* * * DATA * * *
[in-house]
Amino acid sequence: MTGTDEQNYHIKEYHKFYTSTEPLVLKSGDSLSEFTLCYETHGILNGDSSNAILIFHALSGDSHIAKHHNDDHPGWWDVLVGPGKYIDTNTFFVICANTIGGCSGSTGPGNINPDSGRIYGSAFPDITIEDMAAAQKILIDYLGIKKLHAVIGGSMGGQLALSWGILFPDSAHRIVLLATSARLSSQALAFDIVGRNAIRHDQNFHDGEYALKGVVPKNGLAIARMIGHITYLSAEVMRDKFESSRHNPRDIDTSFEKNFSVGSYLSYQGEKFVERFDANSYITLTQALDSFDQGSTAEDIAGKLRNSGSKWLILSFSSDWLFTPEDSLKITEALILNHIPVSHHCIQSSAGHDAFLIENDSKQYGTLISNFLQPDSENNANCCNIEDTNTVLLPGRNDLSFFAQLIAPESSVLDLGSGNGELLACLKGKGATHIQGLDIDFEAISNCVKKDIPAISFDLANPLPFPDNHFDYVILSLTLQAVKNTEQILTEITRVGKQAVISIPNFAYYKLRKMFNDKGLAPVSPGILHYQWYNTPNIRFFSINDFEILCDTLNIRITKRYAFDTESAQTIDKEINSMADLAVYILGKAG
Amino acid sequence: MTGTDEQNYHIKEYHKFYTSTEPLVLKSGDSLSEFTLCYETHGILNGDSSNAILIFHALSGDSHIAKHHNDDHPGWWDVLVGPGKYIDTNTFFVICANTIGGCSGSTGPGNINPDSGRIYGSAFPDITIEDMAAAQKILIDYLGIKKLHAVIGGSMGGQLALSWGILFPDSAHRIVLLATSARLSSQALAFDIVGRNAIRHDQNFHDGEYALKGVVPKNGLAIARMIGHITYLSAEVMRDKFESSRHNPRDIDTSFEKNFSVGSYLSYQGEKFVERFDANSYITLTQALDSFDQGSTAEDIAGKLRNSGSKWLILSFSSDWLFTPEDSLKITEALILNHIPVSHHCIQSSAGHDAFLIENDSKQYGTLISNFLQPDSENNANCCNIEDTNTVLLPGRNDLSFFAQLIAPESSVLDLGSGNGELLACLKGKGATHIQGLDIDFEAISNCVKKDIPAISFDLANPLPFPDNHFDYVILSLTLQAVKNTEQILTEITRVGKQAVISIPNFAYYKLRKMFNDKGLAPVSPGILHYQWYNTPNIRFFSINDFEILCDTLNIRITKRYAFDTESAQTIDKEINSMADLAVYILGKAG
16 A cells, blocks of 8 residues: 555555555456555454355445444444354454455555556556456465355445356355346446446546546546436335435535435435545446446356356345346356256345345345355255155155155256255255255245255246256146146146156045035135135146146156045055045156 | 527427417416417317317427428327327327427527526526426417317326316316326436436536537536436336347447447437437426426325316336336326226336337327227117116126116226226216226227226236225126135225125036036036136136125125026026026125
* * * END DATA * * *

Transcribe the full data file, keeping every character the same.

[in-house]
Amino acid sequence: MTGTDEQNYHIKEYHKFYTSTEPLVLKSGDSLSEFTLCYETHGILNGDSSNAILIFHALSGDSHIAKHHNDDHPGWWDVLVGPGKYIDTNTFFVICANTIGGCSGSTGPGNINPDSGRIYGSAFPDITIEDMAAAQKILIDYLGIKKLHAVIGGSMGGQLALSWGILFPDSAHRIVLLATSARLSSQALAFDIVGRNAIRHDQNFHDGEYALKGVVPKNGLAIARMIGHITYLSAEVMRDKFESSRHNPRDIDTSFEKNFSVGSYLSYQGEKFVERFDANSYITLTQALDSFDQGSTAEDIAGKLRNSGSKWLILSFSSDWLFTPEDSLKITEALILNHIPVSHHCIQSSAGHDAFLIENDSKQYGTLISNFLQPDSENNANCCNIEDTNTVLLPGRNDLSFFAQLIAPESSVLDLGSGNGELLACLKGKGATHIQGLDIDFEAISNCVKKDIPAISFDLANPLPFPDNHFDYVILSLTLQAVKNTEQILTEITRVGKQAVISIPNFAYYKLRKMFNDKGLAPVSPGILHYQWYNTPNIRFFSINDFEILCDTLNIRITKRYAFDTESAQTIDKEINSMADLAVYILGKAG
Amino acid sequence: MTGTDEQNYHIKEYHKFYTSTEPLVLKSGDSLSEFTLCYETHGILNGDSSNAILIFHALSGDSHIAKHHNDDHPGWWDVLVGPGKYIDTNTFFVICANTIGGCSGSTGPGNINPDSGRIYGSAFPDITIEDMAAAQKILIDYLGIKKLHAVIGGSMGGQLALSWGILFPDSAHRIVLLATSARLSSQALAFDIVGRNAIRHDQNFHDGEYALKGVVPKNGLAIARMIGHITYLSAEVMRDKFESSRHNPRDIDTSFEKNFSVGSYLSYQGEKFVERFDANSYITLTQALDSFDQGSTAEDIAGKLRNSGSKWLILSFSSDWLFTPEDSLKITEALILNHIPVSHHCIQSSAGHDAFLIENDSKQYGTLISNFLQPDSENNANCCNIEDTNTVLLPGRNDLSFFAQLIAPESSVLDLGSGNGELLACLKGKGATHIQGLDIDFEAISNCVKKDIPAISFDLANPLPFPDNHFDYVILSLTLQAVKNTEQILTEITRVGKQAVISIPNFAYYKLRKMFNDKGLAPVSPGILHYQWYNTPNIRFFSINDFEILCDTLNIRITKRYAFDTESAQTIDKEINSMADLAVYILGKAG
16 A cells, blocks of 8 residues: 555555555456555454355445444444354454455555556556456465355445356355346446446546546546436335435535435435545446446356356345346356256345345345355255155155155256255255255245255246256146146146156045035135135146146156045055045156 | 527427417416417317317427428327327327427527526526426417317326316316326436436536537536436336347447447437437426426325316336336326226336337327227117116126116226226216226227226236225126135225125036036036136136125125026026026125